Friday, 12 October 2012

The role of dialogic processes in designing career expectations

an article by Marcelline Bangali and Jean Guichard Institut National d'Etudes du Travail et d'Orientation Professionnelle (National Institute for the Study of Work and Career Counselling) of the Conservatoire National des Arts et M├ętiers (National Conservatory of Applied Technologies) Paris) published in Journal of Vocational Behavior Volume 81 Issue 2 (October 2012)

Abstract

This article examines the role played by dialogic processes in the designing or redesigning of future expectations during a career guidance intervention. It discusses a specific method (“Giving instruction to a double”) developed and used during career counselling sessions with two recent doctoral graduates.

It intends both to help them outline or specify a career expectation and to create a means to observe the involved dialogic processes. This method was designed within the framework of the “making oneself self” model (Guichard, 2004, 2005, 2009).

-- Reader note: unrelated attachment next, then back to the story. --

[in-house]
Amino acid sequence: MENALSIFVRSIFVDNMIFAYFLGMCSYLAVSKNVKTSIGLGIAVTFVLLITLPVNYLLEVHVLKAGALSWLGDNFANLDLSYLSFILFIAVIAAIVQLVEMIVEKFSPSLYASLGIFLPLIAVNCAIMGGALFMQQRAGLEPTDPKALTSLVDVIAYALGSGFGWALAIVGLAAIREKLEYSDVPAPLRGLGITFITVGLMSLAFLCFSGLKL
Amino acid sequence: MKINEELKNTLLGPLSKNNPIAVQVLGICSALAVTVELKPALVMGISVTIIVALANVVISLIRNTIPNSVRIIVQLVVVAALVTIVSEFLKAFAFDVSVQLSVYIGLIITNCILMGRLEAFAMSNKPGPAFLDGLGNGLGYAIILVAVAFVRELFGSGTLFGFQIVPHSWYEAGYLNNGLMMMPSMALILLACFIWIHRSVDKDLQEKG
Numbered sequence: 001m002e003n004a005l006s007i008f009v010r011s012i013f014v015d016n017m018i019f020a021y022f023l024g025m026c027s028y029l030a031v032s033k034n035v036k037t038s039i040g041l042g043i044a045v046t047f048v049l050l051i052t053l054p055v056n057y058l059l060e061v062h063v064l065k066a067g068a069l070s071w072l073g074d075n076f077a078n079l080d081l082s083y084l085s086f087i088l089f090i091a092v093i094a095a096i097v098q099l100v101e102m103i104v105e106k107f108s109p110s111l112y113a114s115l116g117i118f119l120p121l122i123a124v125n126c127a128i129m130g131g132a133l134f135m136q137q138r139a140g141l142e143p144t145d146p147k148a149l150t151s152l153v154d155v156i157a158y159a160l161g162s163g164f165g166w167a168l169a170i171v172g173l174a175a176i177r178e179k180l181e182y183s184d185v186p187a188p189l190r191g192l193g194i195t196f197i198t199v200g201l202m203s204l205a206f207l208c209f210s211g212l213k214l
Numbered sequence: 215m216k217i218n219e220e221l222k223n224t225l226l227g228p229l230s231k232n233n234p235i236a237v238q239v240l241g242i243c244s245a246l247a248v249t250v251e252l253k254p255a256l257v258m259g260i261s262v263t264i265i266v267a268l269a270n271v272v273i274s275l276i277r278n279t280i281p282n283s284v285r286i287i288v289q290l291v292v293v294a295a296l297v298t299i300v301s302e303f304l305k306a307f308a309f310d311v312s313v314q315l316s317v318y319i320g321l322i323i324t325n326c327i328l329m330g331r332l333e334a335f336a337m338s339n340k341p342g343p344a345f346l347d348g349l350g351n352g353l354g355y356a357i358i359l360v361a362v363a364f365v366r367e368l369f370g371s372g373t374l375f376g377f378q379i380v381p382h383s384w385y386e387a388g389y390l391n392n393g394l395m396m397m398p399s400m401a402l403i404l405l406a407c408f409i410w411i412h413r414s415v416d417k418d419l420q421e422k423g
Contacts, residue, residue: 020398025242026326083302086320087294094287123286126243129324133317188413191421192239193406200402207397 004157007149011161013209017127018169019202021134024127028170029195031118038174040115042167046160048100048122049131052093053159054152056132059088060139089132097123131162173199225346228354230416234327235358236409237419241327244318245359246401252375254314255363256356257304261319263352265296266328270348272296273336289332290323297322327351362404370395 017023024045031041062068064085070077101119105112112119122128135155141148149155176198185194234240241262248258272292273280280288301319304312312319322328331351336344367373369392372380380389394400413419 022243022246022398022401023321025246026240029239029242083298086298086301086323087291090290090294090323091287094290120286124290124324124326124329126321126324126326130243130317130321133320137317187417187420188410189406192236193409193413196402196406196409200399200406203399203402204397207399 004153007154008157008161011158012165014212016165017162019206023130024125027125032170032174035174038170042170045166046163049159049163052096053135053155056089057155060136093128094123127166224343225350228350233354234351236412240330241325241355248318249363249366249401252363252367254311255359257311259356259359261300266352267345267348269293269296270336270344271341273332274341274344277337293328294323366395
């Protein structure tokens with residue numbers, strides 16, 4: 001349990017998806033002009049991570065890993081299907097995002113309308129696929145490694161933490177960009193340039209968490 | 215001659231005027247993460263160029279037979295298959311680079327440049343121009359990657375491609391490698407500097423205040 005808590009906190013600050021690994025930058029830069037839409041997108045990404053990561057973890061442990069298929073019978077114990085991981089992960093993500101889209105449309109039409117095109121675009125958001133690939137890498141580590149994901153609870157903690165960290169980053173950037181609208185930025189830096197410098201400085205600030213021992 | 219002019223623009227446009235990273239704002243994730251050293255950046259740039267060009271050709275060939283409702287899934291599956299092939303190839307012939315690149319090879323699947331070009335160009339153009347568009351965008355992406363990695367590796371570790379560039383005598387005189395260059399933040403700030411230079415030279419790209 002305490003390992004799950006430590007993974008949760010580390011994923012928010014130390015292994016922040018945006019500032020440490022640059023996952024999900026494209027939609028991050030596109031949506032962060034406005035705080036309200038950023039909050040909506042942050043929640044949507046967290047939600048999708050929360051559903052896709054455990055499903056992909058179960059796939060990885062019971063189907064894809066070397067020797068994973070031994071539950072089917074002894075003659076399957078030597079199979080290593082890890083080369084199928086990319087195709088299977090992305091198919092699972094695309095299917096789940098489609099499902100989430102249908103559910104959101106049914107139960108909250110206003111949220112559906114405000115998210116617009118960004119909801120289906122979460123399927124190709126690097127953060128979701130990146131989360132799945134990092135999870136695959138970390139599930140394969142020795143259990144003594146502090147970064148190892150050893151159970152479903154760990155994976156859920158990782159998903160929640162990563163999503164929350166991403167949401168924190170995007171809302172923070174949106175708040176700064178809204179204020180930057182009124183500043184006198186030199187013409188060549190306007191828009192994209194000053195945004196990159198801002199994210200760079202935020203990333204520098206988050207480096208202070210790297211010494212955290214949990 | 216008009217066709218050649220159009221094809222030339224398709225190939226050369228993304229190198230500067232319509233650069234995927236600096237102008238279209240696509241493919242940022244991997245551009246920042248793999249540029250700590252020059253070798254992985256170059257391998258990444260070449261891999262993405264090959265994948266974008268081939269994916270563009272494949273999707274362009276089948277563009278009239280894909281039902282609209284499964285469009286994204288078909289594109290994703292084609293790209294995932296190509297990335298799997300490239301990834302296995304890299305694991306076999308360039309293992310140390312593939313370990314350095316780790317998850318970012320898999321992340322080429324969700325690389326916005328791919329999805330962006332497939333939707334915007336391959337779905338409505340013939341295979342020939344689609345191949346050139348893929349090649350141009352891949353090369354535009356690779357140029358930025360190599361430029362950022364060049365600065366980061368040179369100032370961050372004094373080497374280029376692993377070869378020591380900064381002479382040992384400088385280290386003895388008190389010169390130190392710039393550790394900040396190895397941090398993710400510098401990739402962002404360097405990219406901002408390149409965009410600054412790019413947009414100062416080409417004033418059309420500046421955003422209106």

Dialogic processes were analysed by referring to (a) this model’s conceptualisation of individual reflexivity, (b) the Benveniste general linguistic theory, and (c) the concept of “acts of thought”, as recently developed from the Peirce semiotic theory.

It appeared that each of these two graduates favoured different dialogic processes and acts of thought and evolved accordingly. One of them re-read her whole life and created a new career expectation. The other worked on his previous one to move it from the past university laboratory where he wrote his thesis to a future expected job in a specific private company.

Highlights

► The role of dialogic processes in a career guidance intervention is described.
► The processes of (re)designing their career expectations by 2 recent PhDs are shown.
► Analyses were conducted in referring to the “making oneself self” model and to Peirce’s and Benveniste’s theories.
► Clients appeared to rely mainly on either one of 2 forms of reflexivity during such interventions.
► One client created a new career expectation. The other one retained his previous one but modified its anchoring point.


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